Doping is a part of the sporting world, from baseball to biking to baseball, whether we like it or not, and Marquez's massive KO against Pacquiao is just the latest in a seemingly endless stream of questions about whether athletes are juicing in the modern age.
The Juan Manuel Marquez steroid rumors are based in a number of circumstances which combine to lend credence to jaded boxing enthusiasts' assertion that he had to have been on performance-enhancing drugs during the Pacquiao fight.
One root of the juicing rumors swirling about Marquez in the wake of the crushing sixth-round right that left Pacquiao face-down on the mat is Marquez's appearance during the marquee bout.
Marquez, who is a ripe 39, looked stronger than any other time in recent memory, and that caused the New York Daily News to ask how such an aging giant could show “up for this fight bigger and brawnier than ever — even though he is at an age when athletes find it hard to build muscle.”
And the Daily News didn't stop there. It also touched on another key root of the steroid use rumors that are now following Marquez in the wake of his epic win.
That root goes by the name Angel Hernandez (formerly known as Angel “Memo” Heredia), a former steroids dealer who has been connected with previous PED use by athletes. For his part, Hernandez told the Ring in November that Marquez was clean. By that point the steroids rumors were already cropping up in conversations about the star fighter and his bulky appearance.
"You know, the public opinion is always going to be there. You as an American can also have an opinion, but as we said earlier, we were the first ones who said that we are not using anything illegal," the trainer said. "It doesn't make me angry, because they can always have the opinons they want. We don't have to hide. I've always been open with the press. I don't have to be afraid of anything. I'm very happy to be here."
Marquez himself also spoke with The Ring about the doping allegations: “I think that you can say anything that you want, but you don’t have any proof, so what does that mean? It means nothing.”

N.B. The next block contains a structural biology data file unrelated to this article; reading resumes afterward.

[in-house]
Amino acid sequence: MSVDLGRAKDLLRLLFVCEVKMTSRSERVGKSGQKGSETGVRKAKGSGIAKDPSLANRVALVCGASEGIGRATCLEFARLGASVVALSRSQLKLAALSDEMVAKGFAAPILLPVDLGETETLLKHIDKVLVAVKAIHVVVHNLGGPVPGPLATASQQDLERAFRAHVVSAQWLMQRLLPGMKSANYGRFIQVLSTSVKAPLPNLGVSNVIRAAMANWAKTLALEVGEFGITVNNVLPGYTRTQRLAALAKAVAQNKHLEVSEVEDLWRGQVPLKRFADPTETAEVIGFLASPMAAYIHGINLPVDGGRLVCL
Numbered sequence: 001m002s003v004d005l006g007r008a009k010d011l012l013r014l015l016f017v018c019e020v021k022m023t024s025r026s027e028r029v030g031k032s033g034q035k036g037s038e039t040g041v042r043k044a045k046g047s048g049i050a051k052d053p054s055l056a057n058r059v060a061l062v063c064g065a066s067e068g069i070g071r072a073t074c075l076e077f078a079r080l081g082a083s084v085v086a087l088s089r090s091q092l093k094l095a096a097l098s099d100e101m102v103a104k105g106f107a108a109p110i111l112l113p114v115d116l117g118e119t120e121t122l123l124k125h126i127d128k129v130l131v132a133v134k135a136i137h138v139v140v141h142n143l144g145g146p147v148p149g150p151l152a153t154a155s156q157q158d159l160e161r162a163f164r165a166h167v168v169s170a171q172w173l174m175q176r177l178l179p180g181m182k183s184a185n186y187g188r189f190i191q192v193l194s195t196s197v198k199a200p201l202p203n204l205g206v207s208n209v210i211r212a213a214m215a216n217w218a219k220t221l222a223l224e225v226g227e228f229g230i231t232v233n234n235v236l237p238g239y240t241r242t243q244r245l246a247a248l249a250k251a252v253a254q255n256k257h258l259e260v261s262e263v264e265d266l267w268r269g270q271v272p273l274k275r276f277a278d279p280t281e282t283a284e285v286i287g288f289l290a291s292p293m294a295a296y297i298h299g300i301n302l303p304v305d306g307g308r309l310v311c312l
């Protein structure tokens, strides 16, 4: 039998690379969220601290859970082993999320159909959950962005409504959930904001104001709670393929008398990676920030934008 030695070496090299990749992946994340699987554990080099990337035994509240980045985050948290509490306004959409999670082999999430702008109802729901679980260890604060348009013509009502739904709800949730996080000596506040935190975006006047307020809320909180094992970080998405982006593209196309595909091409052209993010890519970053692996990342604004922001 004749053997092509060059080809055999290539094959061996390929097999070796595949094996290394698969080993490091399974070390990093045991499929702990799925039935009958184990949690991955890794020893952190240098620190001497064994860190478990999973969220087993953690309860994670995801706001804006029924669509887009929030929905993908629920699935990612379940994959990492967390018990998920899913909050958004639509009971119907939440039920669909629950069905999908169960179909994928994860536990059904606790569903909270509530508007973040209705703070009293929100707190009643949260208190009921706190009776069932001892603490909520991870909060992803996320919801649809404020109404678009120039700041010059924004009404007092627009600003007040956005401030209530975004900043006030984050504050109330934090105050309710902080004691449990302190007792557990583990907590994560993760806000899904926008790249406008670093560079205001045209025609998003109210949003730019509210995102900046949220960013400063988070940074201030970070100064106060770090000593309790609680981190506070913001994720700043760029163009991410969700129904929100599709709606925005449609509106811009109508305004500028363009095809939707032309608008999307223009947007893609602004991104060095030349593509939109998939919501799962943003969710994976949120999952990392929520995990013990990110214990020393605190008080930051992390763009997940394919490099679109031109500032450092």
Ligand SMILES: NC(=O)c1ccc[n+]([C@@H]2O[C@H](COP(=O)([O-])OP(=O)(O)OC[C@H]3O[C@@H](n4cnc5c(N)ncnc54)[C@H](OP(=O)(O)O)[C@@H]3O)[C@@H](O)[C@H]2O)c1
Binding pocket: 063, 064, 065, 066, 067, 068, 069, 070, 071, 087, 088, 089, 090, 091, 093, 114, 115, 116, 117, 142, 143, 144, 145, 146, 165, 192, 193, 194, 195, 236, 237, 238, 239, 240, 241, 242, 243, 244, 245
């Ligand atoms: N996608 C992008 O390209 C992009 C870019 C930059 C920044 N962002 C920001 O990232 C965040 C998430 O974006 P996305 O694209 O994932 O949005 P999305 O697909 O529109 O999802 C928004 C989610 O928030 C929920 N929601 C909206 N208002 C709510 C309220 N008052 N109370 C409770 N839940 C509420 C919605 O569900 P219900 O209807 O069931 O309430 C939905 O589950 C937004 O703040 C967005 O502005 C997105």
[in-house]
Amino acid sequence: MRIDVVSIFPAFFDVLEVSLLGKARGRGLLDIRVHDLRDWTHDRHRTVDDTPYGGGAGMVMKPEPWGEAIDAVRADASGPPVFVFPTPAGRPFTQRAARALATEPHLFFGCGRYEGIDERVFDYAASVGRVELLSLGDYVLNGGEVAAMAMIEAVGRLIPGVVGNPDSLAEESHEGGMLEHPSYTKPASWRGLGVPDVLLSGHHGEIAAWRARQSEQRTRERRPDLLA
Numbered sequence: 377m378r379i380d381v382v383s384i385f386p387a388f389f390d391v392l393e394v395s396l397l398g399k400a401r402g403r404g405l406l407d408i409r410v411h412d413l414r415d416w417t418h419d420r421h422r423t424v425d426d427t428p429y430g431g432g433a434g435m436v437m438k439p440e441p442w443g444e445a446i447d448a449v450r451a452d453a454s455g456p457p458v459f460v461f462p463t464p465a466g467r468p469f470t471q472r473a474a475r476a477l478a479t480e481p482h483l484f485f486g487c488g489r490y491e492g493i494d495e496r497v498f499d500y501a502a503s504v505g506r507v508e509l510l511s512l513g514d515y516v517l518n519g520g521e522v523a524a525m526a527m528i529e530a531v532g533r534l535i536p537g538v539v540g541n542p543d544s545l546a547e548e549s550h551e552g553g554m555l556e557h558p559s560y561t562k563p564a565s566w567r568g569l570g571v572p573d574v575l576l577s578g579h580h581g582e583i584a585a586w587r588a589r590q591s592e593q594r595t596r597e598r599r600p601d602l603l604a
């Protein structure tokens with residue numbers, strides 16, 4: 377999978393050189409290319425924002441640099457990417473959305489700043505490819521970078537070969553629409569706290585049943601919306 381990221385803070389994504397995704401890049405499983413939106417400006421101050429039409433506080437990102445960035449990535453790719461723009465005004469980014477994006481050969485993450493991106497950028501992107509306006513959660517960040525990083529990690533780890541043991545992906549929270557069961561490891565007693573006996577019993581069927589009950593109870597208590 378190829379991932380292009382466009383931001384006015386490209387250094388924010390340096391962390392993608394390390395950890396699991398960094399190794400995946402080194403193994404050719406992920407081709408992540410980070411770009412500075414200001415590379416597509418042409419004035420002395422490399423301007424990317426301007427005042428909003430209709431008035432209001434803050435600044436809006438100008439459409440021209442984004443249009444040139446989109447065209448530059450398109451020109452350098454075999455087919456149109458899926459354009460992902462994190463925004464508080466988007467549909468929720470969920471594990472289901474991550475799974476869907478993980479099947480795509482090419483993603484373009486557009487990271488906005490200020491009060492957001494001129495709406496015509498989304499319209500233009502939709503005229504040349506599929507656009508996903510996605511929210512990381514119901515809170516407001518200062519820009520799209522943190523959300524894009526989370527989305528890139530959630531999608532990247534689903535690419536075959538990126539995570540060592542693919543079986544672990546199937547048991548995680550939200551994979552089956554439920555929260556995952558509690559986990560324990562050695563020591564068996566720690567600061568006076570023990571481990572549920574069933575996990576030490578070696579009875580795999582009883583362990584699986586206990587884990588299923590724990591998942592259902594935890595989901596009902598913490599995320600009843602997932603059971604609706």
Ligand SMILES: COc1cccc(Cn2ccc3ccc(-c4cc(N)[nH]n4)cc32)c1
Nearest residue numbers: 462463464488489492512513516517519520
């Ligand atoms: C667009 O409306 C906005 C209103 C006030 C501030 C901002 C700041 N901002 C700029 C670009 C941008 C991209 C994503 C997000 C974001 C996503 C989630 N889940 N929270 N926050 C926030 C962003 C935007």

Marquez on Monday addressed the steroid accusations in a conversation with the Los Angeles Times. "I am a clean fighter," he asserted, adding that drug tests in Nevada will prove it. "I feel very happy with my training, I feel great about the tests ... I won’t have a problem.”
The Ring columnist Ryan Rudnansky, for his part, seems to wish that the inevitable controversy over doping did not have to play into what was likely the fight of the year.
“I agree that Marquez was asking for trouble when he hired Hernandez, because he had to realize Hernandez would be exposed at one point, but for people to jump to conclusions doesn't give Marquez the credit he deserves,” Rudnansky wrote on Nov. 5. “He hasn't won so many fights because he's the strongest or fastest in the ring; he's won because he executes his counter-punching style masterfully.”
Freddie Roach, Pacquiao's trainer, even went so far as to suggest to USA Today before the fight that Marquez had used some form of PEDs in order to get in the shape he was in Saturday night.
"If [Marquez's body] is natural, I will kiss his a--," Roach told USA Today.
Roach is not the only skeptic either, though he may be the most prominent.
It doesn't appear there will be an end to the controversy over whether Marquez – or Pacquiao for that matter – was on steroids or any other illegal substances during Saturday's fight, as neither submitted to a drug test before the fight, the Daily News reported. That's because boxing doesn't require them to do so, and neither volunteered to do so.
So as the steroid rumors continue to fly in the wake of the Marquez-Pacqiao showdown, they will likely remain just that – rumors.